The Role of Lysosomes and Microtubules in Cardiac Protein Degradation

  • K. Wildenthal
  • J. S. Crie
  • J. M. Ord
  • J. R. Wakeland
Part of the Advances in Myocardiology book series (ADMY)


The mechanisms and regulatory factors involved in cardiac proteolysis are incom- pletely understo0d. Agents that interfere with lysosomal function (e.g., chloroquine, leupeptin, methyladenine) cause a 25–30% reduction in the overall rate of protein degradation. In the same hearts, however, the rate of myosin breakdown remains unchanged. Disaggregation of microtubules with colchicine is accompanied by a 15% reduction in the rate of degradation of total protein and of myosin. In the same hearts, the degradation of “organellar” protein, including mitochondrial cytochromes, is reduced by over 30%. Thus, it appears that the degradation of different classes of cardiac proteins may be accomplished and regulated by different processes. Lysosomes are important in overall proteolysis, but appear not to be involved in the regulation of myosin breakdown. Microtubules are also involved in the proteolytic process, and appear to be especially important for the breakdown of proteins from mitochondria and perhaps other organelles.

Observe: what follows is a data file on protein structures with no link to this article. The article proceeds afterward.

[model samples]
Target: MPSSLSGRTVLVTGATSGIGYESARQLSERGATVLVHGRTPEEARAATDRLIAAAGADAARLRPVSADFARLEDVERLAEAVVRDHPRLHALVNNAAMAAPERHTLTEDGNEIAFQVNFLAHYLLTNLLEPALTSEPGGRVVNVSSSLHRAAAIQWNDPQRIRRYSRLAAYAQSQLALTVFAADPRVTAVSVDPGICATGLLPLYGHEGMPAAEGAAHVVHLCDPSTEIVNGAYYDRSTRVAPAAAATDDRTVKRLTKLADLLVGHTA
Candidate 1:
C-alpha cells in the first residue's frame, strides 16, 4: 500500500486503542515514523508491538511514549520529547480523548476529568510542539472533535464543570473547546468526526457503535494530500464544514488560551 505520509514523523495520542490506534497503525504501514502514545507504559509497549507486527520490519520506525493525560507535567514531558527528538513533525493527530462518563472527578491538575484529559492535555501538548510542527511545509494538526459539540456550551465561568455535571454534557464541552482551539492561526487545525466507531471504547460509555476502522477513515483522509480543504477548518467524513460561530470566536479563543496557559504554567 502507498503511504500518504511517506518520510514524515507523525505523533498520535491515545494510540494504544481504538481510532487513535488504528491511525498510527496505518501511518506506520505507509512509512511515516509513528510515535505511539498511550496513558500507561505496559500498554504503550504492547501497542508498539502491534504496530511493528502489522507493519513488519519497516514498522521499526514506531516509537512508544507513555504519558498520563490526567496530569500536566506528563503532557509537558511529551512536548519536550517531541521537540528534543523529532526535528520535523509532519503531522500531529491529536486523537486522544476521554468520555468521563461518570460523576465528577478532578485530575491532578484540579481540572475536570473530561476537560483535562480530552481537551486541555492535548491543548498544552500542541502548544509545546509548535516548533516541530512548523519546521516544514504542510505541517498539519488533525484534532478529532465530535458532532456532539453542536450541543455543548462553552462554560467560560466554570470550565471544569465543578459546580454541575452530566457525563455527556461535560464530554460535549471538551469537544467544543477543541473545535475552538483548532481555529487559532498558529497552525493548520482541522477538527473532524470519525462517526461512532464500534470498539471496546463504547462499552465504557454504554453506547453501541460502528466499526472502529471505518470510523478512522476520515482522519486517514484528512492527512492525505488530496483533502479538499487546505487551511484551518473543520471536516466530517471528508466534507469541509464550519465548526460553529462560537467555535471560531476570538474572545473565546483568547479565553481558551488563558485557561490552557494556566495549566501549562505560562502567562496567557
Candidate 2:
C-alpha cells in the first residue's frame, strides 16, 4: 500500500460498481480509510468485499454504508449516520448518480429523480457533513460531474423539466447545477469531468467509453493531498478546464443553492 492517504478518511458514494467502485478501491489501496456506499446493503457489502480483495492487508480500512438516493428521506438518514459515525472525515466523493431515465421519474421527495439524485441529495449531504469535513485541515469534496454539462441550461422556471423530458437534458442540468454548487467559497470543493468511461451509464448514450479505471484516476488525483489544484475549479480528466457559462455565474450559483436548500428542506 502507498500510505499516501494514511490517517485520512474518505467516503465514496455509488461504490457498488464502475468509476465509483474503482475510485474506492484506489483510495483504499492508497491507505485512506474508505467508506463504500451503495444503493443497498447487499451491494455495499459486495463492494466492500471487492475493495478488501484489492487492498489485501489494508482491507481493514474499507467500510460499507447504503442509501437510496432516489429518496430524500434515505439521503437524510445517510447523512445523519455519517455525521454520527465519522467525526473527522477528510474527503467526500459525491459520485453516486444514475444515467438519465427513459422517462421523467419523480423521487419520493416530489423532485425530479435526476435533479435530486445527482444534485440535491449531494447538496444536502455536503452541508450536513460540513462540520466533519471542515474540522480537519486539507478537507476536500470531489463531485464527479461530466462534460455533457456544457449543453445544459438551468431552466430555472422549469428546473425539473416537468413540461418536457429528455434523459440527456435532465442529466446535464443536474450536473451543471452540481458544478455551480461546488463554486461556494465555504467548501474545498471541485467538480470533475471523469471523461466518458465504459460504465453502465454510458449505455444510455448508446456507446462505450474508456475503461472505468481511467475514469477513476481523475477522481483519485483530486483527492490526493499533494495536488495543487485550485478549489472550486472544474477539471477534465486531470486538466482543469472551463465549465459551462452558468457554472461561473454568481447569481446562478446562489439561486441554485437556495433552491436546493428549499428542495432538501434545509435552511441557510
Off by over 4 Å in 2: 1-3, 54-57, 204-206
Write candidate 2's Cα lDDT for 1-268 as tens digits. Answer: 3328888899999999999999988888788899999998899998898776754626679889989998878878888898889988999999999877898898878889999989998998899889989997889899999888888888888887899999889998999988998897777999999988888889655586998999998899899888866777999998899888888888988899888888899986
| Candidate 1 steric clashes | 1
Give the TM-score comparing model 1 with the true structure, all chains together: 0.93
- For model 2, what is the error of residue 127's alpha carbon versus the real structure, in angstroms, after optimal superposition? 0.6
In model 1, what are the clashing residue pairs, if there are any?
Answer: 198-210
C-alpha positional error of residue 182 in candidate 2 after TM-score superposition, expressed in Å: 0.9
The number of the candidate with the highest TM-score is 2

Protein Degradation Autophagic Vacuole Myofibrillar Protein Cardiac Protein Lysosomotropic Agent 
These keywords were added by machine and not by the authors. This process is experimental and the keywords may be updated as the learning algorithm improves.


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Copyright information

© Springer Science+Business Media New York 1985

Authors and Affiliations

  • K. Wildenthal
    • 1
  • J. S. Crie
    • 1
  • J. M. Ord
    • 1
  • J. R. Wakeland
    • 1
  1. 1.Pauline and Adolph Weinberger Laboratory for Cardiopulmonary Research, Departments of Physiology and Internal MedicineThe University of Texas Health Science Center at DallasDallasUSA

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